By June 21, 2017 Read More →

US crude stocks, gasoline inventories fall: EIA

US crude stocks

US crude stocks and gasoline inventories fell last week.  Analysts say the increase in gasoline inventories in the week previous was likely due to inclement weather. 

US crude stocks down by 2.5 million barrels in week ending June 16

Data from the US Energy Information Administration showed US crude stocks and gasoline inventories fell last week, surprising analysts with a larger-than-anticipated draw.

Crude stocks fell 2.5 million barrels in the week ending June 16.  Analysts had expected inventories to fall by 2.1 million barrels due to a small increase in imports of 56,000 barrels per day (b/d).

According to the EIA, crude stocks at the Cushing, Oklahoma delivery hub for US crude futures fell by 1.09 million barrels.

Shortly after the data was released, oil prices rose slightly, however, they soon dipped and are now on track for the weakest first half of a year since 1997.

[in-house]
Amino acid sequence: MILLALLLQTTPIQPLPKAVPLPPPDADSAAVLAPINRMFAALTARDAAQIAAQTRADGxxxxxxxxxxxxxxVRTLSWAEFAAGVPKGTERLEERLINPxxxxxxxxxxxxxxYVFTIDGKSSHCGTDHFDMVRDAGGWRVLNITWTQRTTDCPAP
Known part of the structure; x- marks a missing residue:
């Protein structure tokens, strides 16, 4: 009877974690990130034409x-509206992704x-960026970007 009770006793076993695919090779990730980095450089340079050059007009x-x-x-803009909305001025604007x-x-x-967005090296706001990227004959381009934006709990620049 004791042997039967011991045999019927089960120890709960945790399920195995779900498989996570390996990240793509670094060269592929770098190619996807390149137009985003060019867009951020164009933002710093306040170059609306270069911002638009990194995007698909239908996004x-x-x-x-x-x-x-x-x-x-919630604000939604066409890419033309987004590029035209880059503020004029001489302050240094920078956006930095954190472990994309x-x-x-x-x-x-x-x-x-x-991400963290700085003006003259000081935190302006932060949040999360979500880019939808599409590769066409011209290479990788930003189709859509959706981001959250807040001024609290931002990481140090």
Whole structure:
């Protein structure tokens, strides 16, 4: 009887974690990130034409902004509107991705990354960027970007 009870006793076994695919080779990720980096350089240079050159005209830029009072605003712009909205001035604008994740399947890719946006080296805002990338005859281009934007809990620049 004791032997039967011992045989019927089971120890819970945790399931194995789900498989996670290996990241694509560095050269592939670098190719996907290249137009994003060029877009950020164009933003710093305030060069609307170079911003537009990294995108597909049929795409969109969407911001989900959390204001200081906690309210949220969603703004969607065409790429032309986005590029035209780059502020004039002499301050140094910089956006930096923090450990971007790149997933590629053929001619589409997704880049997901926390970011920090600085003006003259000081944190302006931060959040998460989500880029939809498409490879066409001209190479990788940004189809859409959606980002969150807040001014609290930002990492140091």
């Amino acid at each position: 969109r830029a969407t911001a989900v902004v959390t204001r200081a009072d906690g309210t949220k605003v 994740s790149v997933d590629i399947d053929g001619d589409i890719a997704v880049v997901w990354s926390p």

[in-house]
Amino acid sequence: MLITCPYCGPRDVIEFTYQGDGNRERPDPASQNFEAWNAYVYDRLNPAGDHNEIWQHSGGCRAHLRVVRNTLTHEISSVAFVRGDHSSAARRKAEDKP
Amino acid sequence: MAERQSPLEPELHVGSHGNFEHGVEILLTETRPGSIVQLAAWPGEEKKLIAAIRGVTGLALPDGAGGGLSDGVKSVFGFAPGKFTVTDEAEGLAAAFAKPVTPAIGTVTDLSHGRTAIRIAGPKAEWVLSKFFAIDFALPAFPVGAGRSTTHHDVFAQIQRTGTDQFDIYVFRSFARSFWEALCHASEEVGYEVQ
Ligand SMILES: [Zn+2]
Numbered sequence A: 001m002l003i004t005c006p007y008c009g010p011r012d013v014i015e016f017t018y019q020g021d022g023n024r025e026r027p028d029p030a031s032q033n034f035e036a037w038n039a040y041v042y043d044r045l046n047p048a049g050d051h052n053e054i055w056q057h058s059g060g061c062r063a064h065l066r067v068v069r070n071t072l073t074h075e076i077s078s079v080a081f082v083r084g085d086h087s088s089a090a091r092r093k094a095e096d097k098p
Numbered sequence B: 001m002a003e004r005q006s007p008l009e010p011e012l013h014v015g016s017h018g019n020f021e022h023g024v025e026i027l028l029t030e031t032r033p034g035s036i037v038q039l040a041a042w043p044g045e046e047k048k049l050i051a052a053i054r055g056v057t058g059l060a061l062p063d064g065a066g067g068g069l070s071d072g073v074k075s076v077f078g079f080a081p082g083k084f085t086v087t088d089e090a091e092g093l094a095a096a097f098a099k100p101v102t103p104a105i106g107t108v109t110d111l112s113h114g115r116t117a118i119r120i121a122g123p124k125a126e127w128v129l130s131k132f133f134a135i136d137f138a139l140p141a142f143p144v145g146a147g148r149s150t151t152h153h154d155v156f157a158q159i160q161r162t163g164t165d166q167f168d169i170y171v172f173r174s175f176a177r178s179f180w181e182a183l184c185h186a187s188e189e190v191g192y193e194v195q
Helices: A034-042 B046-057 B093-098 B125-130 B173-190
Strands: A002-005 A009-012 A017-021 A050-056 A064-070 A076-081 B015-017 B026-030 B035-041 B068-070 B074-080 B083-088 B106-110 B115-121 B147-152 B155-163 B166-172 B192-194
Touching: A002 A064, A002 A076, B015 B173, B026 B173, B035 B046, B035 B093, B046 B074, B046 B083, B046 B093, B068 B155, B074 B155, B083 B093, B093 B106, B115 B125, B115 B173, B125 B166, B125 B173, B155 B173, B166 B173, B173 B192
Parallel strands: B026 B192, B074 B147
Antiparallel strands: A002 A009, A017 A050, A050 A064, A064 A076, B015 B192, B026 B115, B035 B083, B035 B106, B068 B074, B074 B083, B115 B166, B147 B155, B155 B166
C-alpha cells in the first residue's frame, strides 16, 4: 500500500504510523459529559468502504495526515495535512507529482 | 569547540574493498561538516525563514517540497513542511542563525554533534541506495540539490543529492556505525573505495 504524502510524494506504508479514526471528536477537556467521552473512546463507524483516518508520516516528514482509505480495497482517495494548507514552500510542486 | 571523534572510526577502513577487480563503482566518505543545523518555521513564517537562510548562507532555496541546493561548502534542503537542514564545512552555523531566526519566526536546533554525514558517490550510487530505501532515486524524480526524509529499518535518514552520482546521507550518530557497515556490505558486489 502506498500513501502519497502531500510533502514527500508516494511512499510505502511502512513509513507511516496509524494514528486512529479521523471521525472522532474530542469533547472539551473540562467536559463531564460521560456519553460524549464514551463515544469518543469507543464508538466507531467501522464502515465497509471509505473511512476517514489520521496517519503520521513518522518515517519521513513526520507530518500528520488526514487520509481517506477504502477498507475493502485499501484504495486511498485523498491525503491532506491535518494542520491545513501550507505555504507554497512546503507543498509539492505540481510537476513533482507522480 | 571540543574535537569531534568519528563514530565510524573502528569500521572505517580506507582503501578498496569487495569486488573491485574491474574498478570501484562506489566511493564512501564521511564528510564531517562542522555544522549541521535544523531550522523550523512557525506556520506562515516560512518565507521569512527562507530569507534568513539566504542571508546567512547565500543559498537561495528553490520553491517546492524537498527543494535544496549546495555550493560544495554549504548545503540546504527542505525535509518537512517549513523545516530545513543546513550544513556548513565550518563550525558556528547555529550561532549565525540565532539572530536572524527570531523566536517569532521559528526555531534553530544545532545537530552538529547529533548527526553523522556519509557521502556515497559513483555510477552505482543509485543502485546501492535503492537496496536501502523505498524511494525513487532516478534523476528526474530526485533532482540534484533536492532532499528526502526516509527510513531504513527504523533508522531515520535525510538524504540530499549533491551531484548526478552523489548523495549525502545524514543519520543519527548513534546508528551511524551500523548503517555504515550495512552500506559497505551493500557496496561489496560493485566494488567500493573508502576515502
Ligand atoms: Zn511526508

By 11:24 a.m. US crude futures were down 10 cents to $43.41/barrel and Brent crude was down 23 cents to 45.79/barrel.

Abhishek Kumar, senior energy analyst at Interfax Energy’s Global Gas Analytics said price gains that immediately followed the release of the EIA data were hard to sustain because there were no structural changes.

“U.S. crude and gasoline stockpiles are significantly higher compared with their five-year averages, which will weigh on prices,” Kumar told Reuters. “Meanwhile, oil output in the country is still rising despite recent declines in oil prices.”

US crude production has grown steadily in recent months and the EIA reports that last week, output was up by 20,000 b/d to 9.35 million b/d.

Gasoline stocks fell by 578,000 barrels, against analysts’ forecasts of a boost of 443,000 barrels.

“Gasoline demand rebounded smartly to more normal levels for this time year, giving credence to the view that some of the lackluster demand was weather-related,” John Kilduff, a partner at Again Capital Management told Reuters.

Distillate stocks, including diesel and heating oil rose 1.1 million barrels, versus expectations of a 465,000-barrel increase.

Refinery crude runs fell by 104,000 b/d on decreasing utilization rates that dropped by 0.4 per cent to 94 per cent of total capacity, according to the EIA.


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